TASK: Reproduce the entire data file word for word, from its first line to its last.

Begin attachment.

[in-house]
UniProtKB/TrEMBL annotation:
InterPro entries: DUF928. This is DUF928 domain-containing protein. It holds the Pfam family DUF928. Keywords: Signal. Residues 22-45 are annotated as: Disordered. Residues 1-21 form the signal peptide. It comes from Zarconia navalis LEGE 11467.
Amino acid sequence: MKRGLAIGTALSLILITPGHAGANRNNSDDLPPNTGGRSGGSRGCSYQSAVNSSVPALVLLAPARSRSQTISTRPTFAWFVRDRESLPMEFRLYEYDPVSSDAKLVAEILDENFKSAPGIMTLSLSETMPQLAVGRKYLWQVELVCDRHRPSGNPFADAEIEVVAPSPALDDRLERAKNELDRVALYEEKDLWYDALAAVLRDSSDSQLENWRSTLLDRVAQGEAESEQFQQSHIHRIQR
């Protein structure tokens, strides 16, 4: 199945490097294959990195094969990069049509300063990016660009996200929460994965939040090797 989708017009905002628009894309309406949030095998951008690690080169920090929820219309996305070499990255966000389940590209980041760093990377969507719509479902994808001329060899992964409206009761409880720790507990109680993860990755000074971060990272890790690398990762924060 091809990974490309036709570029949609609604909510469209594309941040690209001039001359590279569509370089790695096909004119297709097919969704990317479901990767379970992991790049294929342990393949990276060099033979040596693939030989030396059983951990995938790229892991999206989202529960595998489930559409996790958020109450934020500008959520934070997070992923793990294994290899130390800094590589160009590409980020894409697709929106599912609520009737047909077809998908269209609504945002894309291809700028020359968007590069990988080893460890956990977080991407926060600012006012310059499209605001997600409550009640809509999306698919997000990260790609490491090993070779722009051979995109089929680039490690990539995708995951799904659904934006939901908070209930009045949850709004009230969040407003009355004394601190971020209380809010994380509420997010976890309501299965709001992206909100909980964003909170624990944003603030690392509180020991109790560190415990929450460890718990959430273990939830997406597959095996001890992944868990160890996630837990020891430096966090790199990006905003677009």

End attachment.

[in-house]
UniProtKB/TrEMBL annotation:
InterPro entries: DUF928. This is DUF928 domain-containing protein. It holds the Pfam family DUF928. Keywords: Signal. Residues 22-45 are annotated as: Disordered. Residues 1-21 form the signal peptide. It comes from Zarconia navalis LEGE 11467.
Amino acid sequence: MKRGLAIGTALSLILITPGHAGANRNNSDDLPPNTGGRSGGSRGCSYQSAVNSSVPALVLLAPARSRSQTISTRPTFAWFVRDRESLPMEFRLYEYDPVSSDAKLVAEILDENFKSAPGIMTLSLSETMPQLAVGRKYLWQVELVCDRHRPSGNPFADAEIEVVAPSPALDDRLERAKNELDRVALYEEKDLWYDALAAVLRDSSDSQLENWRSTLLDRVAQGEAESEQFQQSHIHRIQR
């Protein structure tokens, strides 16, 4: 199945490097294959990195094969990069049509300063990016660009996200929460994965939040090797 989708017009905002628009894309309406949030095998951008690690080169920090929820219309996305070499990255966000389940590209980041760093990377969507719509479902994808001329060899992964409206009761409880720790507990109680993860990755000074971060990272890790690398990762924060 091809990974490309036709570029949609609604909510469209594309941040690209001039001359590279569509370089790695096909004119297709097919969704990317479901990767379970992991790049294929342990393949990276060099033979040596693939030989030396059983951990995938790229892991999206989202529960595998489930559409996790958020109450934020500008959520934070997070992923793990294994290899130390800094590589160009590409980020894409697709929106599912609520009737047909077809998908269209609504945002894309291809700028020359968007590069990988080893460890956990977080991407926060600012006012310059499209605001997600409550009640809509999306698919997000990260790609490491090993070779722009051979995109089929680039490690990539995708995951799904659904934006939901908070209930009045949850709004009230969040407003009355004394601190971020209380809010994380509420997010976890309501299965709001992206909100909980964003909170624990944003603030690392509180020991109790560190415990929450460890718990959430273990939830997406597959095996001890992944868990160890996630837990020891430096966090790199990006905003677009």